Monday , 23 October 2017

McCormack to `Carry the Load’ with Fallen Soldiers in His Heart

By Colin Bado, TSB Staff

“(Carry The Load) is a 20-hour march with an extra 50 pounds of Mountain Ruck weighing me down. I have the names of friends who were lost in battle stitched to my pack. Why am I doing this? Because I want to honor those who served before me, those who served with me, and for those who continue to serve so that US Citizens can live freely.”

-Staff Sergeant Jake McCormack

Monday is Memorial Day, and while many of us are anxiously awaiting a three-day weekend, Staff Sergeant Jake McCormack of McKinney is preparing to “Carry The Load.”

This isn’t your typical “family-friendly fundraiser.” Founded by former Navy Seal Clint Bruce, “Carry The Load” is a non-profit organization that commemorates Memorial Day by conducting a grueling, 20-hour nationwide event that honors veterans and active duty service members, law enforcement officers, firefighters and their families. “Carry The Load” aspires to raise one million dollars to help those in need, and at $812,000, they’re almost there. Every individual participating is looking for sponsors to reach their financial goals.

McCormack and his team “Semper Fi Warriors” are doing their part, and they are currently seeking sponsorships. A member of that team is McKinney North assistant football coach Joe Welock, a former Marine who serves as the Bulldogs’ defensive coordinator.

The march begins at 4 p.m. Sunday and ends shortly after noon on Monday. The Dallas event, at which the Semper Fi Warriors will participate, is located atReverchon Park/Katy Trail at 3505 Maple Avenue.

Fortunately, there are men like McCormack and Welock to remind us of the true meaning of Memorial Day. McCormack graduated from high school in June of 2003, and by the fall, he enlisted in the Marine Corps. Before his 24 birthday, McCormack participated in two tours in Iraq and lost six of his brothers.

“Initially, I deployed in 2005 to Iraq,” McCormack said. “I was there for seven months. During my first deployment, I was 19 and there were 250 guys in our company. I know that seems like a lot, but we’re very close. We lost two guys in the first deployment; one was killed by an IED and the other was killed by an IED suicide bomber. One of the men, Lance Corporal Chase Comley, was young. We were close… As a soldier you train for everything, but you don’t know what to expect,” said McCormack.

“The second time I deployed, I went right back to Iraq. We lost 4 guys. It never gets easy. Those guys are like brothers. You get angry, and you want to do something, but there’s nothing you can do.”

McCormack is from Washington State originally, but by choice resides in Texas. His grandfather was in World War II, his father and uncle in Vietnam, McCormack was destined for the military. There was no debate; he wanted to be the best of the best. He knew he was going to be a Marine.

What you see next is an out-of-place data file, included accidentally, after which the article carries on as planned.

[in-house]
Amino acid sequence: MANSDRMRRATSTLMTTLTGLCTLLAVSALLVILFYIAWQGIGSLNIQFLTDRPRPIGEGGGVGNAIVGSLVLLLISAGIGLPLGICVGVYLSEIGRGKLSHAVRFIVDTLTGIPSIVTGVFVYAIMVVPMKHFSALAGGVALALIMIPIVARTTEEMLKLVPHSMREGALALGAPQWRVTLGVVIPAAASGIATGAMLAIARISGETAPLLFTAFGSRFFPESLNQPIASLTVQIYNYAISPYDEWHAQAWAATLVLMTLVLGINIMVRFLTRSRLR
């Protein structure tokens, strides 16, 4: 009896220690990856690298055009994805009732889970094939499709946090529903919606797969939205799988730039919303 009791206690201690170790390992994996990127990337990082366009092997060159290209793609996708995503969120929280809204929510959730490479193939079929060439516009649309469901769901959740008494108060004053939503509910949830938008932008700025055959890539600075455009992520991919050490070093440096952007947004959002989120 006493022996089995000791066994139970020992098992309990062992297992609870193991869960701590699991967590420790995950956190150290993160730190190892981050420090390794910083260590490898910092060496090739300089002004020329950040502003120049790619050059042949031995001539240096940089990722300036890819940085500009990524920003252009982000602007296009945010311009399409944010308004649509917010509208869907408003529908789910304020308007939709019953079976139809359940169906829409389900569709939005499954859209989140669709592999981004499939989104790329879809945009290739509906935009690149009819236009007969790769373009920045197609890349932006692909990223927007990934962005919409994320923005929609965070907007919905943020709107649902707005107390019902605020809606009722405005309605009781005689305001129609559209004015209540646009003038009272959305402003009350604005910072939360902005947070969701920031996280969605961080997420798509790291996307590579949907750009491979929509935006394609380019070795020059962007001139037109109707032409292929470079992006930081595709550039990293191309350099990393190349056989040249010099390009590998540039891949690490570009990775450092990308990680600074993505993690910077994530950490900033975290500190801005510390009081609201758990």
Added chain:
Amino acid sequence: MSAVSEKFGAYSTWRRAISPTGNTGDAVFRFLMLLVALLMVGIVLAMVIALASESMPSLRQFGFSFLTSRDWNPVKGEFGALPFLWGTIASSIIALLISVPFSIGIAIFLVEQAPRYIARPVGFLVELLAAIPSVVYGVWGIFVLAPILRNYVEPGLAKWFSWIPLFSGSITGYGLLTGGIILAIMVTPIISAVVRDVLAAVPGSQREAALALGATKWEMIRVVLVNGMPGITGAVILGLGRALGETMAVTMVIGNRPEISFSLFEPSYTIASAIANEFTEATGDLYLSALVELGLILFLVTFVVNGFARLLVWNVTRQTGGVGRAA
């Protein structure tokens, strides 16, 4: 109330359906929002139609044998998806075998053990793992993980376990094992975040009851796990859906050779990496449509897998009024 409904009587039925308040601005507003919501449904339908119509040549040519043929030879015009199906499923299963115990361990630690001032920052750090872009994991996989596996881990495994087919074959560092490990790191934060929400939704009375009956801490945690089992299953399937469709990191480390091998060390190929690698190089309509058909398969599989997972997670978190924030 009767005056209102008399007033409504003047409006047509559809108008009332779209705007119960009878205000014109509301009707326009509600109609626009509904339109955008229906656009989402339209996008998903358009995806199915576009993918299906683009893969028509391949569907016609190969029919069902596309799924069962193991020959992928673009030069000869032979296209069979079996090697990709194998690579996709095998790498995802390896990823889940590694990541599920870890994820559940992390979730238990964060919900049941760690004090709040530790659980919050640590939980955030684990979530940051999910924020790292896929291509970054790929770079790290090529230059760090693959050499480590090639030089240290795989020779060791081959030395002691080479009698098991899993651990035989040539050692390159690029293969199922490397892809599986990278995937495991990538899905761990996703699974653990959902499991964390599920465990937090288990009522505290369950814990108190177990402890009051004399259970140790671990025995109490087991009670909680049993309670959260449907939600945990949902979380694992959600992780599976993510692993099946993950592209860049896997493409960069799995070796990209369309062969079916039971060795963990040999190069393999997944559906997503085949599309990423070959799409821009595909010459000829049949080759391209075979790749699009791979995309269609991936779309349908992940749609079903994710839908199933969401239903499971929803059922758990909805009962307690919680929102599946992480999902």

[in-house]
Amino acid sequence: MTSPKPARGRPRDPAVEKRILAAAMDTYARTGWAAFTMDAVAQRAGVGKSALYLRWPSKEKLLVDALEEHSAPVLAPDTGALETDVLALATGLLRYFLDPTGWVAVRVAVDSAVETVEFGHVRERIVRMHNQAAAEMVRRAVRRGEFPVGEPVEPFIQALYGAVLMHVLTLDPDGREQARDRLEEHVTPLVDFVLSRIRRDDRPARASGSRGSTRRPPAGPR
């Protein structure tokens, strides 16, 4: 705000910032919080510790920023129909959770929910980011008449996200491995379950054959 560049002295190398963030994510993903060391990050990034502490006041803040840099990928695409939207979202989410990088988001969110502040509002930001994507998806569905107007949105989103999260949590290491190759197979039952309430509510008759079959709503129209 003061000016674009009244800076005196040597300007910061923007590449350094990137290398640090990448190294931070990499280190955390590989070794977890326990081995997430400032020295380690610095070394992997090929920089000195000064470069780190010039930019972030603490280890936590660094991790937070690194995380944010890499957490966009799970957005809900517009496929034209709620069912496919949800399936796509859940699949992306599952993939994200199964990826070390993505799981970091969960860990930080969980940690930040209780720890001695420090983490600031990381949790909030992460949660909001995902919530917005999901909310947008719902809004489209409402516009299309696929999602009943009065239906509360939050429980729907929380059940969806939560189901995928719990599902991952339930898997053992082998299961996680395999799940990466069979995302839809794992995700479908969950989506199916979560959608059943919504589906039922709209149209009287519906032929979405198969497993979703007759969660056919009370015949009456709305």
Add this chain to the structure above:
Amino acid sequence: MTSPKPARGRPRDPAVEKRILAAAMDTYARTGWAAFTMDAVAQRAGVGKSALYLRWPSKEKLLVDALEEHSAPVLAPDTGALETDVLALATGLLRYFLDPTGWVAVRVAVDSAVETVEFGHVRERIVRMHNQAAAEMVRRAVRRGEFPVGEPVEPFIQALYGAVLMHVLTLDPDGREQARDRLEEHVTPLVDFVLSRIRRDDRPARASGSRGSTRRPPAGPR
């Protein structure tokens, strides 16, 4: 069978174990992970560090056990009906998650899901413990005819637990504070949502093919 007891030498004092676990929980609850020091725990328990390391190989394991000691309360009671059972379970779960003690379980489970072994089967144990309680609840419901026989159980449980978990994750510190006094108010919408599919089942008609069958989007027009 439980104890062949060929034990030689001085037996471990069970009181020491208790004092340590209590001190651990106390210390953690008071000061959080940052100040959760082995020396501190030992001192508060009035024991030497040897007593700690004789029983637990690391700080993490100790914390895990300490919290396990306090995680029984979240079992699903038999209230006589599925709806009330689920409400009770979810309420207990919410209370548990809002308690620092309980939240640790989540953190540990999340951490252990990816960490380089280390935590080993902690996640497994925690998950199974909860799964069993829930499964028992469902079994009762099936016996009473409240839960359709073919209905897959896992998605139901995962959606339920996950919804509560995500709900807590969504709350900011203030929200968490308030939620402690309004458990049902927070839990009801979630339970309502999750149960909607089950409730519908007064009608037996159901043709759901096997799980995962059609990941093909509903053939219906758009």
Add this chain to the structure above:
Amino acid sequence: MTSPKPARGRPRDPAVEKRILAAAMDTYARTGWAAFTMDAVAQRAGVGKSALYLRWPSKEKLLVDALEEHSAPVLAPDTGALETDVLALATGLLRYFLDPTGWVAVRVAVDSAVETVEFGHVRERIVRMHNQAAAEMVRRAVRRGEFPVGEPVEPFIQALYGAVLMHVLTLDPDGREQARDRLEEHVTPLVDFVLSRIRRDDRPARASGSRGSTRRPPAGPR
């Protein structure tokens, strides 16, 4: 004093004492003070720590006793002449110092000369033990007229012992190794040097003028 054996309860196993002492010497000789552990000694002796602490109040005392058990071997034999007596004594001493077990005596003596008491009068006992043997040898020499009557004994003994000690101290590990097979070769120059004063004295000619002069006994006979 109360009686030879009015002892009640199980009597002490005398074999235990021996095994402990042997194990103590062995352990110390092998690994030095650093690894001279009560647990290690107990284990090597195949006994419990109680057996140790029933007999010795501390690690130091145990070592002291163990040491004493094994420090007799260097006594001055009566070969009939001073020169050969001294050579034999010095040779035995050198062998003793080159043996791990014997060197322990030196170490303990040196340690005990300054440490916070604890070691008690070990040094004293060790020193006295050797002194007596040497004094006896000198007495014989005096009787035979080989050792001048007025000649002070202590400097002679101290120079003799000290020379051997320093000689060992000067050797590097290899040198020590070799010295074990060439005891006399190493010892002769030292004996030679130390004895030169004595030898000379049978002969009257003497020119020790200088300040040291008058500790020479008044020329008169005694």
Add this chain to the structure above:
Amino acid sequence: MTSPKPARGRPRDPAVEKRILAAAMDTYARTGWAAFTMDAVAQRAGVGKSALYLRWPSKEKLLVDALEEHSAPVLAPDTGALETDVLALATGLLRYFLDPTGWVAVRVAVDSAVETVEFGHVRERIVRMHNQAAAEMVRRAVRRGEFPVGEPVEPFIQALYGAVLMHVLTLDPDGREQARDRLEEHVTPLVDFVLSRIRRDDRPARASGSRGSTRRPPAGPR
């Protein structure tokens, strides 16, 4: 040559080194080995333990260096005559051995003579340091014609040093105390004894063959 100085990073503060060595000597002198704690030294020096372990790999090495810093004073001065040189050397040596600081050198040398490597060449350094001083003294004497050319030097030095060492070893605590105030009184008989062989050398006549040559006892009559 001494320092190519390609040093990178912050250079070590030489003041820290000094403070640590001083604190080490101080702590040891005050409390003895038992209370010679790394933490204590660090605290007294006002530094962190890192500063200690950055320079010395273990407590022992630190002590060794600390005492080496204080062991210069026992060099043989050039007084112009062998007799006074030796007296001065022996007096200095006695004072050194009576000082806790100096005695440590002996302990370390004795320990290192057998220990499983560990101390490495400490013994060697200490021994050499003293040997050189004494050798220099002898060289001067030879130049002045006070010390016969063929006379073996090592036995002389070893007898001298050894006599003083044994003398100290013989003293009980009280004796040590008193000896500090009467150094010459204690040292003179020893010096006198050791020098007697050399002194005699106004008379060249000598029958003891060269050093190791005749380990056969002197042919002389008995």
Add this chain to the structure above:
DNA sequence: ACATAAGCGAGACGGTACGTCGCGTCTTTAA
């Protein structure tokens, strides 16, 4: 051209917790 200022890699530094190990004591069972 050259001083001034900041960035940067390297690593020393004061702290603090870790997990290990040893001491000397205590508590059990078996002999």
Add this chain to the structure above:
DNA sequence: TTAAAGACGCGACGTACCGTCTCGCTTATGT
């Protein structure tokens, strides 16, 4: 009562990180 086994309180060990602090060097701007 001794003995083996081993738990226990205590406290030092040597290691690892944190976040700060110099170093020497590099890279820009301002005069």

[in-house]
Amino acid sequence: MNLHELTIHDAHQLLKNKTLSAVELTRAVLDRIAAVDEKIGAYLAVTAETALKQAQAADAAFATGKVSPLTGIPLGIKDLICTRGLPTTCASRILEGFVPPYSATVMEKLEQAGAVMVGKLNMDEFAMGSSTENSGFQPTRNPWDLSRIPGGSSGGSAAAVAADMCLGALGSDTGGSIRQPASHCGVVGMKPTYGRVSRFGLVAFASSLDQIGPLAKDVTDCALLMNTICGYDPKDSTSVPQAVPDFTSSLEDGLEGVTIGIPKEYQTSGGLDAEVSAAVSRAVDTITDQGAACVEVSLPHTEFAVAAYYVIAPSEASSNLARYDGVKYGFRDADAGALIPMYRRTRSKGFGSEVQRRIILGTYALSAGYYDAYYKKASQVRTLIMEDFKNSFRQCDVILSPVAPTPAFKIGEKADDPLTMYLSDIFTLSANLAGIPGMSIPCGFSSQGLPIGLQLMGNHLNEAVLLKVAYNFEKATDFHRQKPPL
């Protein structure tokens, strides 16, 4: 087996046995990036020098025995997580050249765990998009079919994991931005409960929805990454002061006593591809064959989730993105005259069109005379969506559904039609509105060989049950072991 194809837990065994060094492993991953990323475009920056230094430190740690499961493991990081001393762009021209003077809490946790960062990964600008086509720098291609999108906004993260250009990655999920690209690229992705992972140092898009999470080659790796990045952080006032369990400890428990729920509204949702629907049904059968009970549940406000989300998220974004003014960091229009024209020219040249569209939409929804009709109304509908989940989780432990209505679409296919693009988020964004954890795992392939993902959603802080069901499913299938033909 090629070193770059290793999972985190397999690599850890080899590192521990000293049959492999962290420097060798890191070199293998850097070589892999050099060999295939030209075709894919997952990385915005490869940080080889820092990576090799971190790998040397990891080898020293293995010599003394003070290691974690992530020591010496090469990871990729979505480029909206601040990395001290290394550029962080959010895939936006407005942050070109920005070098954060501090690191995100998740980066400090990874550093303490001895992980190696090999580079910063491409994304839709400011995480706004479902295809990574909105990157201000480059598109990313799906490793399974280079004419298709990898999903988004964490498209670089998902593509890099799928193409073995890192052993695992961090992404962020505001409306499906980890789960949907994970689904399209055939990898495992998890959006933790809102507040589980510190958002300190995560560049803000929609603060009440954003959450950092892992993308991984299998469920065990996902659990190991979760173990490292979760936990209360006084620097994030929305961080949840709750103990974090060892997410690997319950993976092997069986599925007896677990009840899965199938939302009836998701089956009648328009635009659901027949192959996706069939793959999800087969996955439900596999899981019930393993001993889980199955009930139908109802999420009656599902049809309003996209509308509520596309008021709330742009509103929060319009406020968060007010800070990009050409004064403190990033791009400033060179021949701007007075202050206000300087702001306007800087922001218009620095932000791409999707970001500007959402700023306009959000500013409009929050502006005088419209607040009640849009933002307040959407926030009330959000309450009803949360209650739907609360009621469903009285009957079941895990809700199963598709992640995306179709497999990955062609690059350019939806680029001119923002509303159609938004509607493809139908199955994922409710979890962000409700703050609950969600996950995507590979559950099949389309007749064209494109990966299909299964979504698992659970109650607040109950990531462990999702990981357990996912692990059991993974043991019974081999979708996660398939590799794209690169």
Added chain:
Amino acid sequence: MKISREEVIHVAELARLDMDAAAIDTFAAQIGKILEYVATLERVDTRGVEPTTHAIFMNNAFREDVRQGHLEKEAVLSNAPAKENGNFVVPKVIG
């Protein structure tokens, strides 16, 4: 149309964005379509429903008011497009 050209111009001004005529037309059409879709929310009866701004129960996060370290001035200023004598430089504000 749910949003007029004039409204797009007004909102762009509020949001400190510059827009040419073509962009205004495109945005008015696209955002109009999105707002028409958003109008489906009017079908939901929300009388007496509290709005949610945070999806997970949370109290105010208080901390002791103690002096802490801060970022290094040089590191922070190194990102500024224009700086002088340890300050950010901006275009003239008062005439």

After spending nearly a decade in the Marines as a part of the Marine Amphibious Assault Crewman, he has been working as a recruiter in the North Texas area for the last two years. Including spending time in the McKinney High Schools.

“I discovered `Carry The Load’ by a good friend of mine, Joe Welock,” McCormack said. “We met at McKinney North, and we’ve been close ever sine. He was in involved with it and told me about it about a month in half ago. Once I heard of it, I knew I wanted to be a part of it.

“Memorial Day has always been special to me. My wife knows I don’t like to go out and do much. I reflect, keep to myself and talk to guys I was deployed with. `Carry The Load’ will allow me to do that and be more active and influential.”

Memorial Day is a time for honoring those who serve and sacrifice their time and well-being on behalf of the greater good. Memorial Day really makes you appreciate what you have. Don’t take things for granted McCormack reminds those who will listen.

“I feel like there is a big disconnect,” McCormack said. “I participated in two tours and seeing how people perceive Memorial Day as a time to barbecue and have a three-day weekend is saddening.”

McCormack reflected that Memorial Day is a reminder of what a remarkable nation we live in. It really makes you appreciate everything we have, and shouldn’t allow us to take things for granted.

“We have people who serve so that we can live the way we live. Memorial Day is not free time off, its time to remember and reflect. Remember that as a nation we support our troops,” said McCormack.”

Learn more about the event by clicking here and sponsor Staff Sergeant McCormack by clicking here.

Photos: At top, patrol in Iraq 2005 (McCormack is on the left); Above Right, McCormack at Marine Corps Ball 2010; and Below, McCormack’s platoon in Iraq, 2007.

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